Dolan family’s action criticised

The Dolan family’s decision this week to drop its plan for a leveraged buyout of Cablevision but to push instead for a $3bn special dividend earned a mixed reception from the bond market.

Bondholders were relieved to see the back of potentially massive additional leverage and the associated threat of multiple credit rating downgrades for the cable operator. But, on the other hand, they realised the company would still need to raise additional debt – albeit less than for an LBO – to pay the proposed dividend.

Cablevision would still risk a downgrade if it borrowed money to pay the special dividend, according to Matthew Wilcox, an analyst at high yield research firm KDP Advisors.

The Dolans’ methods may sometimes be unorthodox, but bondholder anxiety about “shareholder-friendly” activities, whether LBOs driven from outside companies or increased leverage from within, is not limited to Cablevision. It is a broad theme for bond investors in today’s market conditions.

The Dolans summed up their assessment of the situation in their press release: “The credit markets currently value the company’s growing cash flow to a greater extent than the equity markets.”

“The Dolans apparently intend to test their hypothesis and arbitrage the equity and debt markets by paying shareholders [including themselves] by raising debt,” says Jake Newman, an analyst at CreditSights.

“If the debt markets place a higher valuation on a set of assets, the leverage that can be placed on the assets is commensurately higher.”

In Cablevision’s case, the Dolans also stand a better chance of getting their way working from inside the company. They said they were unable to reach agreement with the directors negotiating the LBO on behalf of the other shareholders. But assuming they are allowed to vote on a special dividend, they could carry the day with their 71 per cent of shareholder voting rights – despite owning only 20 per cent of Cablevision.

That lesson too could apply more widely. Companies unable to agree to LBOs, or keen to avoid being targeted, can decide to increase leverage by themselves – rewarding shareholders with cash payouts at the expense of bondholders.

Other factors may also have influenced the Dolans’ switch in strategy. Cable valuations have generally declined since the LBO was tabled in June. Mr Wilcox of KDP notes that the junk bond market has taken on a relatively sober character in recent weeks.

Cablevision may face difficulties even financing a $3bn special dividend in the high yield market, according to Mr Wilcox.

“We are not convinced that the company will obtain the necessary financing . . . considering the current cautious tone,” he says.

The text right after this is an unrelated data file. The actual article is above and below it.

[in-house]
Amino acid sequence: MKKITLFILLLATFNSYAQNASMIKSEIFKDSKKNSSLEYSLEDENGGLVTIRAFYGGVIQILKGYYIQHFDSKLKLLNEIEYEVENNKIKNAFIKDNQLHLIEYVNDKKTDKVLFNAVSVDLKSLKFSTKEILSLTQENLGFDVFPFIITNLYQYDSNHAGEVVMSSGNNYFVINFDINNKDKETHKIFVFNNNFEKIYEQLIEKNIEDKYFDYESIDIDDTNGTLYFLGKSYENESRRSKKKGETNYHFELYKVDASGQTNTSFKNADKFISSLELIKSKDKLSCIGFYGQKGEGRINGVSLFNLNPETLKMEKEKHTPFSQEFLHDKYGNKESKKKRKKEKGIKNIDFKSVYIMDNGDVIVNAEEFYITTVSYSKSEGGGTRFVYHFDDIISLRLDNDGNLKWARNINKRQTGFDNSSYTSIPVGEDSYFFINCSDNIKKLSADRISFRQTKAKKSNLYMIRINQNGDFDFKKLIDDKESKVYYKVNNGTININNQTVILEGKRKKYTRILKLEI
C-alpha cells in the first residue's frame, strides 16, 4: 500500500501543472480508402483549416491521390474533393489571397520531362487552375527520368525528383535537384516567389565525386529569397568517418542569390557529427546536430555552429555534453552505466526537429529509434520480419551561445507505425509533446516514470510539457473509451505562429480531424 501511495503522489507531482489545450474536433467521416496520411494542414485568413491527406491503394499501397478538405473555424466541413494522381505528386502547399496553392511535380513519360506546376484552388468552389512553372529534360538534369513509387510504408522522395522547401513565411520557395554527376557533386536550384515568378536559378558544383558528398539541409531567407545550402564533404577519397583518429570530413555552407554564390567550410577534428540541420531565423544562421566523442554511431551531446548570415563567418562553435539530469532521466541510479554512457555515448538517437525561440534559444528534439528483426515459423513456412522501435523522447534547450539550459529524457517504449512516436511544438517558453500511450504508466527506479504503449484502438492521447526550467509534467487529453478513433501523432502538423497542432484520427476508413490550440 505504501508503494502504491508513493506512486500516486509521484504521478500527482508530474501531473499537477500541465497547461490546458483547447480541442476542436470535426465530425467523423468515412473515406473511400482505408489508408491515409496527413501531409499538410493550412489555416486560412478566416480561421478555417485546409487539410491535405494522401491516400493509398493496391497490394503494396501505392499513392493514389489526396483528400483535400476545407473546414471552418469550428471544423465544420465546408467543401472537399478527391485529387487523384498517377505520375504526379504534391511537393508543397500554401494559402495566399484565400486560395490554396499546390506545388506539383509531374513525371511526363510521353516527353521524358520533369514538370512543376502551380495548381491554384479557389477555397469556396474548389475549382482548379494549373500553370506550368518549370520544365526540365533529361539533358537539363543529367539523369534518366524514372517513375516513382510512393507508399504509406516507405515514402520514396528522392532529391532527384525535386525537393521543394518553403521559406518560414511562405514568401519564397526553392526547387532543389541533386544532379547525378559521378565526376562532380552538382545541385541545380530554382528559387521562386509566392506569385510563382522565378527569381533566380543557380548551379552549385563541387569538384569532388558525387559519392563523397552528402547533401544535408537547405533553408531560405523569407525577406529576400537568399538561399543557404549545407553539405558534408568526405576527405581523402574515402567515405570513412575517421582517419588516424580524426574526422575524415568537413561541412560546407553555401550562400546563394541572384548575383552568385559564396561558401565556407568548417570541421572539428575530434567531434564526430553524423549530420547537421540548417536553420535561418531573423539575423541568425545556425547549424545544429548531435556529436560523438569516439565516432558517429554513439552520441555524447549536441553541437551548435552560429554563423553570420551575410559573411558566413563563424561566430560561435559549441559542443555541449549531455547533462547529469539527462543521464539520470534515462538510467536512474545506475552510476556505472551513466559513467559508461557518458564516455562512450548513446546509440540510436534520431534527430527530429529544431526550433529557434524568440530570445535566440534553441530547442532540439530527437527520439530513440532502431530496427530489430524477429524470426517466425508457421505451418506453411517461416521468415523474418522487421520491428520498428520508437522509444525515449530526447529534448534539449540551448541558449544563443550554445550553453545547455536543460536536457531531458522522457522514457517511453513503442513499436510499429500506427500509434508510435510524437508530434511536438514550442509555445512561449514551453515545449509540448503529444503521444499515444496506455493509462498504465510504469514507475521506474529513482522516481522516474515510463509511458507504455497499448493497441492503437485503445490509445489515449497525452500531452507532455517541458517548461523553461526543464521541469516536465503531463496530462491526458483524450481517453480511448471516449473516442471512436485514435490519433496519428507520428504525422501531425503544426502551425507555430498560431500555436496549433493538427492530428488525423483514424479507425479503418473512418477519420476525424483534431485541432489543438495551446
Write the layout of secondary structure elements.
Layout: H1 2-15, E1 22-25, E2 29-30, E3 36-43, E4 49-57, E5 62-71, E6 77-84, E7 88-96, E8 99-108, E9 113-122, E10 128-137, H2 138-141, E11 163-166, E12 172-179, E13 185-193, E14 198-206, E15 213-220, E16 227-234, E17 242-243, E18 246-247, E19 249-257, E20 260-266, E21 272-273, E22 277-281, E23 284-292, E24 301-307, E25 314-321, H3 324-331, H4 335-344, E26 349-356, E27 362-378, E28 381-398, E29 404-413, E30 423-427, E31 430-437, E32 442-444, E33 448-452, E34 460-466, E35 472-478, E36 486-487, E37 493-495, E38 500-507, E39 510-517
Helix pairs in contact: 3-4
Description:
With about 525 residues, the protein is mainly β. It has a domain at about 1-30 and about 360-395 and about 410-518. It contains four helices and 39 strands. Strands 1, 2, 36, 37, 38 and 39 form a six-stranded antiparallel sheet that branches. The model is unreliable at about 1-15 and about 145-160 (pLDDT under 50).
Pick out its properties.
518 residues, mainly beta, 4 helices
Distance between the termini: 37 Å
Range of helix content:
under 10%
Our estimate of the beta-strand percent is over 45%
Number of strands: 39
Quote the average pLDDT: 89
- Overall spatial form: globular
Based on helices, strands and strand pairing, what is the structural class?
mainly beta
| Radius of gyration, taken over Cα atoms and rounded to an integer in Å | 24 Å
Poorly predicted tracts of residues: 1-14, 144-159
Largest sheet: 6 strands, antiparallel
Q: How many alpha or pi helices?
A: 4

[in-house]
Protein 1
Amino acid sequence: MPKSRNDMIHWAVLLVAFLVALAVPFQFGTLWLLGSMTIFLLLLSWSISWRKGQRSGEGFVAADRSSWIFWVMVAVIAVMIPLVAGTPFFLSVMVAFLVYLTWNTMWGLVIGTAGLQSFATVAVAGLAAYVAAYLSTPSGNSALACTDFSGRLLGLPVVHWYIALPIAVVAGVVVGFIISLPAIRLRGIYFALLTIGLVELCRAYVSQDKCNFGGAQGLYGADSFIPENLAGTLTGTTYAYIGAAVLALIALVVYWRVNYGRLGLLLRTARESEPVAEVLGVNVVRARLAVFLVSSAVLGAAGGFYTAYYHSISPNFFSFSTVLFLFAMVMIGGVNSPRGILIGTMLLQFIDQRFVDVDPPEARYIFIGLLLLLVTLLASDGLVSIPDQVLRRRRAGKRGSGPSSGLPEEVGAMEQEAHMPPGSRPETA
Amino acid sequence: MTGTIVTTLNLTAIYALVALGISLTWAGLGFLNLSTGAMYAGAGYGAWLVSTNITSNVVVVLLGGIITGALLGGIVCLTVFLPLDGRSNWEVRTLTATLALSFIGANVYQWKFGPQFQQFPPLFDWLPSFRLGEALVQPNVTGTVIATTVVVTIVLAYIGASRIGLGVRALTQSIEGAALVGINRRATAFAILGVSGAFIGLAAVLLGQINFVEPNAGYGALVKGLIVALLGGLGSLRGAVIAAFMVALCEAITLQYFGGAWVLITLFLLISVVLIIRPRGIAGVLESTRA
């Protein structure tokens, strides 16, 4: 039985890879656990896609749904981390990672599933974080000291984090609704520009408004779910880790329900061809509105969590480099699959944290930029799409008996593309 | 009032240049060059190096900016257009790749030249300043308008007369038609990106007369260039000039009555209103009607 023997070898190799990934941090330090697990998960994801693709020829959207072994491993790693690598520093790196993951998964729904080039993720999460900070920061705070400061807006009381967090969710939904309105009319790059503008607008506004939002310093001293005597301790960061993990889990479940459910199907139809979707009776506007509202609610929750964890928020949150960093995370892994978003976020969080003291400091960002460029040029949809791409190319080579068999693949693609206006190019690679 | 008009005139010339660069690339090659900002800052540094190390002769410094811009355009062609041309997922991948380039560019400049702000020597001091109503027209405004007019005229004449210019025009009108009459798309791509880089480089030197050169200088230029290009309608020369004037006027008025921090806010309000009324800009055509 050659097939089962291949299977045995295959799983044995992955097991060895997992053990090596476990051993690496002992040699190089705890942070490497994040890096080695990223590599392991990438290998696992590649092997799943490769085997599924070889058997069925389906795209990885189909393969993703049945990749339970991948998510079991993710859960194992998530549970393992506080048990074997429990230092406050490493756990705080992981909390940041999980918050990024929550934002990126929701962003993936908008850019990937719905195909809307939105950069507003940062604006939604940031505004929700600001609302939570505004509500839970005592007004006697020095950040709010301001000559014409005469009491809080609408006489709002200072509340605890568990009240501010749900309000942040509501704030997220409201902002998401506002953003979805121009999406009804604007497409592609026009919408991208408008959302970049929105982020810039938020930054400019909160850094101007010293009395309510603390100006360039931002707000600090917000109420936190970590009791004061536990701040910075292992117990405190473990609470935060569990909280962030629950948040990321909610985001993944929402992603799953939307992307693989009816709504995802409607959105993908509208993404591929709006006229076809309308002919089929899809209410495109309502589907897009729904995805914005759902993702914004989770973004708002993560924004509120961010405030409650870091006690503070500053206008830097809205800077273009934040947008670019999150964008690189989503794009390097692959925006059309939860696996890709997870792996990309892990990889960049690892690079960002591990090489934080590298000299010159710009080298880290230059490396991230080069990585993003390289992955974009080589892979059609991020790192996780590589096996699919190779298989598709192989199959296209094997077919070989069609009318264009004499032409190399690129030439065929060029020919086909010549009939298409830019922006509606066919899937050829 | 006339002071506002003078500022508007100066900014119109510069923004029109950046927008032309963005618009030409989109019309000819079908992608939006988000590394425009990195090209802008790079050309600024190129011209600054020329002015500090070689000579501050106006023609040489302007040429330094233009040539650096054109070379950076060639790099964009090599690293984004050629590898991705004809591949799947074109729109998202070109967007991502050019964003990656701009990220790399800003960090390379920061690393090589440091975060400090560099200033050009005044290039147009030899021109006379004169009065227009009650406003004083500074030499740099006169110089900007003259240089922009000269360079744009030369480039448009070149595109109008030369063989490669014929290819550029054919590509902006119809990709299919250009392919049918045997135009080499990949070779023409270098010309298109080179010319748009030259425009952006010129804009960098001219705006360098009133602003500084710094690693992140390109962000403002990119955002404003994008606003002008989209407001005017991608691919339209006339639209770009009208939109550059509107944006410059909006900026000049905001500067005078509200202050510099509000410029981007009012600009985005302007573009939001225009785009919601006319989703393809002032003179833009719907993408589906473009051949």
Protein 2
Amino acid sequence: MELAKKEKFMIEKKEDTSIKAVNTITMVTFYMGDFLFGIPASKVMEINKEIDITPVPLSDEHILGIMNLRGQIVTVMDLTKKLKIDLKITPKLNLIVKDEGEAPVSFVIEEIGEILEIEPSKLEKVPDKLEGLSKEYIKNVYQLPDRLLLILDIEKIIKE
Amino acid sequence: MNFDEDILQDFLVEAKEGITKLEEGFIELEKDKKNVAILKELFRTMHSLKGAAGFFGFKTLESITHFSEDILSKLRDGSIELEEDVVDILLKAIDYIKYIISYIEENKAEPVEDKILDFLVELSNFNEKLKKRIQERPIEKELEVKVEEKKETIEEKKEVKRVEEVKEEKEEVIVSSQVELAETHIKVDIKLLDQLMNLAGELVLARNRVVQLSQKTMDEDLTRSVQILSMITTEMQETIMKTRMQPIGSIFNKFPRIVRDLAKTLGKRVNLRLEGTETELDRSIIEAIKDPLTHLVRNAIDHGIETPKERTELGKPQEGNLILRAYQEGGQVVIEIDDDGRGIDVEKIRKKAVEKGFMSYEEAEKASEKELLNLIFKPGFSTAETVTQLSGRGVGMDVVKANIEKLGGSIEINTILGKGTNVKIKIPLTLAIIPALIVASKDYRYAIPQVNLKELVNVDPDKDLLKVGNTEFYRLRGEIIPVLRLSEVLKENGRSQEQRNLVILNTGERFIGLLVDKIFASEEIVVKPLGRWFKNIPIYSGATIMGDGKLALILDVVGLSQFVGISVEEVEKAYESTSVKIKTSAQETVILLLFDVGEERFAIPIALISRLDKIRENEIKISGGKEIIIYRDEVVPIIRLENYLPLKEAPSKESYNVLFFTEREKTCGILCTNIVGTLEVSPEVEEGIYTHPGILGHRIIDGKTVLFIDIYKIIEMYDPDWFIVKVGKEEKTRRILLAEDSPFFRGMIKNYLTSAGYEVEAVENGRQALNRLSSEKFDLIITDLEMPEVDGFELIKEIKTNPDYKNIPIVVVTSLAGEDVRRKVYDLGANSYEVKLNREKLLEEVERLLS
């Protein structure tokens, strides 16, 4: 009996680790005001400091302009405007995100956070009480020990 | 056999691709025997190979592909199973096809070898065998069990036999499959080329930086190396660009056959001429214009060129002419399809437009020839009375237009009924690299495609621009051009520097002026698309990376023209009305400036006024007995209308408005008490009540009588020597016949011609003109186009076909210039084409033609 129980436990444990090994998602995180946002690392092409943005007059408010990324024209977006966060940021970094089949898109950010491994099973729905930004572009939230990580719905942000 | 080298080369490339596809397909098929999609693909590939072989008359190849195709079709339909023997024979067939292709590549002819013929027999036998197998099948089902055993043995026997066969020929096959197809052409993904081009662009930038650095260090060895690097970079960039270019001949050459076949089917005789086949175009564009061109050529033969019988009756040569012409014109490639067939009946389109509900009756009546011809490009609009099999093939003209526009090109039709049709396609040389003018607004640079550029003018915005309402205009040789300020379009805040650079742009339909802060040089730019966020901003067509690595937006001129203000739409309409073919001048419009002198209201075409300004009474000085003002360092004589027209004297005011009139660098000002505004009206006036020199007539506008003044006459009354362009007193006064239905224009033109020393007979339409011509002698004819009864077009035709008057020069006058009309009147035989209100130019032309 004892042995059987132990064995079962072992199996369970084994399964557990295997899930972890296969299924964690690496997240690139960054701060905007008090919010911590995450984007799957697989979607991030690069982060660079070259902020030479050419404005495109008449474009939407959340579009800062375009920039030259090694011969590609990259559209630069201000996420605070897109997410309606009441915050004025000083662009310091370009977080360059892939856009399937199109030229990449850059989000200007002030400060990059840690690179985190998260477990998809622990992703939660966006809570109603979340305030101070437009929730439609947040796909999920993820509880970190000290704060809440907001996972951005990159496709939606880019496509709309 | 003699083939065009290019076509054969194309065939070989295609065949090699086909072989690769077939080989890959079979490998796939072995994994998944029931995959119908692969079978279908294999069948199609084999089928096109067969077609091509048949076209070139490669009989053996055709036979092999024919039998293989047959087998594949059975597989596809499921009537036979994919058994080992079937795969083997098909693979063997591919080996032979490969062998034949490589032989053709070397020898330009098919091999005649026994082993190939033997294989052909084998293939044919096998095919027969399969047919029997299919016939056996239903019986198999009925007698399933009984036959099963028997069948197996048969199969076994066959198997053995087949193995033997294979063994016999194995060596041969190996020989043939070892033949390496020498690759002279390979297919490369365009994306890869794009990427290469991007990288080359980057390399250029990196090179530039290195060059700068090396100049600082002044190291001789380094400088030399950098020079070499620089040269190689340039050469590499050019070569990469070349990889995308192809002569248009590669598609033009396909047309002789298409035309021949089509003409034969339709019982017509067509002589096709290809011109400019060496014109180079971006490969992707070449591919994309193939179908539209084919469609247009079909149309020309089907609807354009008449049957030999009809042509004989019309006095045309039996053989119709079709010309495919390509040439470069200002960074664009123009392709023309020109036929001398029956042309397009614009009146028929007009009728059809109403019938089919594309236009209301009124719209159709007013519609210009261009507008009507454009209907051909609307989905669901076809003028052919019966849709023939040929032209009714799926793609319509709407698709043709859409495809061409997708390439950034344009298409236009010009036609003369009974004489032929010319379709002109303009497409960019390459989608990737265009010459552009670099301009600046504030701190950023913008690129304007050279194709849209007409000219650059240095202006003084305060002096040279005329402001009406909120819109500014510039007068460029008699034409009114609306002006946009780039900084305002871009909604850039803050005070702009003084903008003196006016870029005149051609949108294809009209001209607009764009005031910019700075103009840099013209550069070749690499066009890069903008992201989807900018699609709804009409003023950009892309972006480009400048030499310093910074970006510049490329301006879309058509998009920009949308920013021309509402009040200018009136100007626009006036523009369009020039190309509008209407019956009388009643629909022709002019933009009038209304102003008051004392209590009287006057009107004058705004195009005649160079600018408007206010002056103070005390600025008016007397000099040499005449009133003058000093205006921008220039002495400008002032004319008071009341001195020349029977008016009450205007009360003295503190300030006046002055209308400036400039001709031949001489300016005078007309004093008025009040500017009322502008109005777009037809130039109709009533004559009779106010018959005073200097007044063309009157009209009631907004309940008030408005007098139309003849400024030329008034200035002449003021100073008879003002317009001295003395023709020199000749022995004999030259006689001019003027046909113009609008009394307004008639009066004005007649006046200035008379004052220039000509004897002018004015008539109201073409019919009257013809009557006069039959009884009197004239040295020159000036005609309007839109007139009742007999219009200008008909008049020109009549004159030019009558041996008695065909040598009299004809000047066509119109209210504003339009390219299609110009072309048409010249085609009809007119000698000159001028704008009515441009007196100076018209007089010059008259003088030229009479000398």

The bank and institutional loan market, however, remains an alternative and it may be more receptive to Cablevision debt than the junk bond market, Mr Wilcox says.

Retailer Neiman Marcus found this to be the case when it shifted part of its recent LBO financing package from the bond market to the loan market.

In any event, bondholders worried about increasing corporate leverage cannot rest easy just yet.

“While conditions have been more favourable for issuers at other times during the year, it is not a bad market fundamentally,” says Martin Fridson, publisher of the Leverage World research periodical.

High yield mutual funds have seen outflows for the last six weeks, according to AMG Data, taking the pressure off institutions to put money to work.

“In this environment the same investors will say there were problems when they wouldn’t have said that before,” he says.

LBOs are particularly sensitive to market conditions, according to Mr Fridson.

“If you do an LBO today, you’re not going to come [to the market] for the permanent financing for a few months. The market has been so changeable this year [that] it’s hard to say what financial conditions will look like three months down the road.”

He notes, for example, that the bond financing for the LBO of SunGard Data Systems this year was, in the end, larger than had been originally planned.

The Dolans may not, however, be home and dry with their dividend proposal, because their existing creditors may be able to prevent the extra borrowing that would be required.

“We believe [Cablevision] will need to go back to its panel of banks to renegotiate its $2.4bn credit facilities,” says Mr Newman of CreditSights.

“The current facility expires in June 2006 and has covenants that would prevent issuance of enough debt to pay the special dividend the Dolans propose.”

Copyright The Financial Times Limited 2017. All rights reserved. You may share using our article tools. Please don't copy articles from and redistribute by email or post to the web.